The Covid-19 emergency will likely exacerbate many longstanding vulnerabilities that Russia has been facing for years: excessive dependence on energy exports, clashes with the West, demographic problems, and a constant foreign policy overreach.
Five years after the annexation of Crimea, European sanctions, and the war in Donbas, the presidents of Russia and Ukraine finally met to outline a peace agreement: the future of the region – and of the continent – hangs in the balance.
As the joke goes in Moscow, inquiring about president Vladimir Putin’s succession would be similar to asking about life after death. With the passage of time, the topic is naturally becoming increasingly relevant. Vladimir Putin’s fourth term ends in 2024 and according to the country’s constitution he is not allowed to run for re-election.
One of Russia's main domestic challenges in the near future is fragmentation. Although president Vladimir Putin's approval rating is still very high – 68% in September according to the independent Levada Centre – there are a few elements suggesting that the "invisible pact of stability" that has bonded the ruling power and the people over the last twenty years is now slightly damaged. Polls show dissimilar data.
Over the last two decades, Russia has taken on a very important geopolitical and military role globally, but the domestic outlook of the country is not particularly rosy from many points of view: a stagnant economy, a growing disaffection of the middle class especially in major cities, the emigration of a considerable number of highly educated young people, the strong aversion to pension reforms on the part of most of the population, the very poor result obtained by the government party in the last administrative elections despite the exclusion from the electoral lists of m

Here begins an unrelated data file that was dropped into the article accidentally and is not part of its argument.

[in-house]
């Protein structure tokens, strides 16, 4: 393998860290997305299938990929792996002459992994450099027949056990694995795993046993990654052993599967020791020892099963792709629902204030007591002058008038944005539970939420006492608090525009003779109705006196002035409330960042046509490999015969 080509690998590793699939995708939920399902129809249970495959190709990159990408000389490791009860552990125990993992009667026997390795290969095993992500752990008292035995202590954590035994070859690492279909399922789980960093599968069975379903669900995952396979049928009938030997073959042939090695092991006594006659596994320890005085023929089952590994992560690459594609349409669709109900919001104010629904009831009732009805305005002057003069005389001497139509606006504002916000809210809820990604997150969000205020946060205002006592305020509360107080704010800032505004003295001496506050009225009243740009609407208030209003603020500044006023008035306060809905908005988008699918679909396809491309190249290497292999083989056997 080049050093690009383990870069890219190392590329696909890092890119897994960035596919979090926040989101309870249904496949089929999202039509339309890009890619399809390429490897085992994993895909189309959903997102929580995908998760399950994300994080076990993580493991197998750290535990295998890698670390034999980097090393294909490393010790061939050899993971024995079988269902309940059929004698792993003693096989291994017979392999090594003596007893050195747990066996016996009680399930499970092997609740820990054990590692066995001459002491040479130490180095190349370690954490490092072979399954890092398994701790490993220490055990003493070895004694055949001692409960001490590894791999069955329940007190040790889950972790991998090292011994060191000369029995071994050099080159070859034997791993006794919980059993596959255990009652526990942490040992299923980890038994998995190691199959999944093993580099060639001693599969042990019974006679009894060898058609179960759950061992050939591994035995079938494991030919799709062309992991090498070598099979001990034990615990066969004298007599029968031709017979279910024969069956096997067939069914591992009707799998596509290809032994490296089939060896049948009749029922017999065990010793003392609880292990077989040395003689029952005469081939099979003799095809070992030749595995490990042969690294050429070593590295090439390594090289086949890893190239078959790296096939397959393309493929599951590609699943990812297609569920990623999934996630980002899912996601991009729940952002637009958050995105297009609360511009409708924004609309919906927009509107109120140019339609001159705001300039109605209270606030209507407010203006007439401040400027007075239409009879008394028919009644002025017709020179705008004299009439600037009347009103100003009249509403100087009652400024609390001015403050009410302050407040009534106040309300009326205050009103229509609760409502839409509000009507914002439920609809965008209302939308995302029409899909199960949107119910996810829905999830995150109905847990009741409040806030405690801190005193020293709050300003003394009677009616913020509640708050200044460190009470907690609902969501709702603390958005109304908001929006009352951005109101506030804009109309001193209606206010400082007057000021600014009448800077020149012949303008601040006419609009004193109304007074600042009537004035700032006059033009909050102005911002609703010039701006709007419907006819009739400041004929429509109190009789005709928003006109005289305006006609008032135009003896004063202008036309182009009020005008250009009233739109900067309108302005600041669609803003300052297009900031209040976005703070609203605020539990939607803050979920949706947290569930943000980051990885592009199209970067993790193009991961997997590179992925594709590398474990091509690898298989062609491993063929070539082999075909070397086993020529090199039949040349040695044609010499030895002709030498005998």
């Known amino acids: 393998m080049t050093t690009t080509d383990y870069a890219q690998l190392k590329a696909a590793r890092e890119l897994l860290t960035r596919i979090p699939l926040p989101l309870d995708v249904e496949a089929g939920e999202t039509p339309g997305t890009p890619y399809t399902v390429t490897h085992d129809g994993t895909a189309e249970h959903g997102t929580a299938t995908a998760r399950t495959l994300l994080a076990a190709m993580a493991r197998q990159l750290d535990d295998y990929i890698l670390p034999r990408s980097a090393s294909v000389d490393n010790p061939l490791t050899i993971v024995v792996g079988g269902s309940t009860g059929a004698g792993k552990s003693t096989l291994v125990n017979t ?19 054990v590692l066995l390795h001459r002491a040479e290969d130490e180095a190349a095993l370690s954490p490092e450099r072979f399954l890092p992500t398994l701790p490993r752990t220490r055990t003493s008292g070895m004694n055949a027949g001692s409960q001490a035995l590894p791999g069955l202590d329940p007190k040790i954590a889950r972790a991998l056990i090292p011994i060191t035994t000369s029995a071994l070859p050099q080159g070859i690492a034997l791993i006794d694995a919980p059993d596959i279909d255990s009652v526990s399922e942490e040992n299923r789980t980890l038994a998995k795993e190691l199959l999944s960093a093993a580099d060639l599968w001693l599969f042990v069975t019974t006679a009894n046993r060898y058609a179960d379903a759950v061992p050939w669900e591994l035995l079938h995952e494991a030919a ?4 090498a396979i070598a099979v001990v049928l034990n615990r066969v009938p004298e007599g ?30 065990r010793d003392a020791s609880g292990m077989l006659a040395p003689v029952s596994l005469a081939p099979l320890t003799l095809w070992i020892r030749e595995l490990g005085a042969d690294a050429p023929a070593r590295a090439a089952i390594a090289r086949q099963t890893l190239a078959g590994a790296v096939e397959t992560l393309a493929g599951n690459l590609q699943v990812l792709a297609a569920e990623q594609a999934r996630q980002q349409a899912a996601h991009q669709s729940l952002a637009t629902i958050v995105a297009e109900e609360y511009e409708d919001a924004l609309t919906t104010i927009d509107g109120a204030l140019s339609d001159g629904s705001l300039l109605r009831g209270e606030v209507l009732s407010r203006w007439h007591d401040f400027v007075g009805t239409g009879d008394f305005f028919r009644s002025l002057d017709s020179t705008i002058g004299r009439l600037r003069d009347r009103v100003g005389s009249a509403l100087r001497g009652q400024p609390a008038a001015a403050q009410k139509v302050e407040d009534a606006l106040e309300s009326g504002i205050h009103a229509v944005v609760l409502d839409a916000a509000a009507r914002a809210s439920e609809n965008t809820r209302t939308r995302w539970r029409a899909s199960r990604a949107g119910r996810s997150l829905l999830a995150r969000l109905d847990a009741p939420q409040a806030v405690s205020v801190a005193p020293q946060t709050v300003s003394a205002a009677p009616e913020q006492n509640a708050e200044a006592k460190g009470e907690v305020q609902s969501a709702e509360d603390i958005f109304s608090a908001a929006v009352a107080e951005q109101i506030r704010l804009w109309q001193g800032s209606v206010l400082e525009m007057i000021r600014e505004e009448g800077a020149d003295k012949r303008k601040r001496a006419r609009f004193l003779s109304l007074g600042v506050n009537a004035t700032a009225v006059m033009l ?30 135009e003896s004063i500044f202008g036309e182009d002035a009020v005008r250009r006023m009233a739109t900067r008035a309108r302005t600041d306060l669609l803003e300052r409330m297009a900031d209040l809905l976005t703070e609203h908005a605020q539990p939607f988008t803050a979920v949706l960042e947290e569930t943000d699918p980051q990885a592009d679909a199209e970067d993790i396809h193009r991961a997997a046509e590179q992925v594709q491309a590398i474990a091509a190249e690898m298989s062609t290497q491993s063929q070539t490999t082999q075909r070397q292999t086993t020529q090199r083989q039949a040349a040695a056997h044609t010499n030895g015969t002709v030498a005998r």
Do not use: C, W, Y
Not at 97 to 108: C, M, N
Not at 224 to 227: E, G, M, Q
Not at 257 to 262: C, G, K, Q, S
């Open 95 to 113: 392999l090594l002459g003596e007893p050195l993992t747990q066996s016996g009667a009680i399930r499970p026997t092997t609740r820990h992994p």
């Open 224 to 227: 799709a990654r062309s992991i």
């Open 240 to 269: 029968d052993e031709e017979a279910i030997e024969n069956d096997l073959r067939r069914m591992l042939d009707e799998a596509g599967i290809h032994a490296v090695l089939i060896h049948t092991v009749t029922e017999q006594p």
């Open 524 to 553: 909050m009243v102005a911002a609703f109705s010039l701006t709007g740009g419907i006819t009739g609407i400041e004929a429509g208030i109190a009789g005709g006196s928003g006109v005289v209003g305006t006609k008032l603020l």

Russia’s foreign policy since the start of Vladimir Putin’s fourth term has been grabbing increased attention in the Western political and media circles. However, it would be hard to analyse some of Moscow’s most controversial foreign policy decisions without looking at the most acute domestic challenges facing the country today. How do these challenges interact with Russia's growing assertiveness abroad?
This analysis aims at explaining the nature of Russian foreign policy towards the Balkans taking into account the role of the European Union as an increasingly important player in this radically changed geopolitical context.
Over the last 30 years, China has made a historical leap out of backwardness towards becoming a modern, developed society.
Under the third mandate of Putin as a president, foreign policy is being exploited for domestic purposes, notably for coalescing a reluctant public opinion around the nation.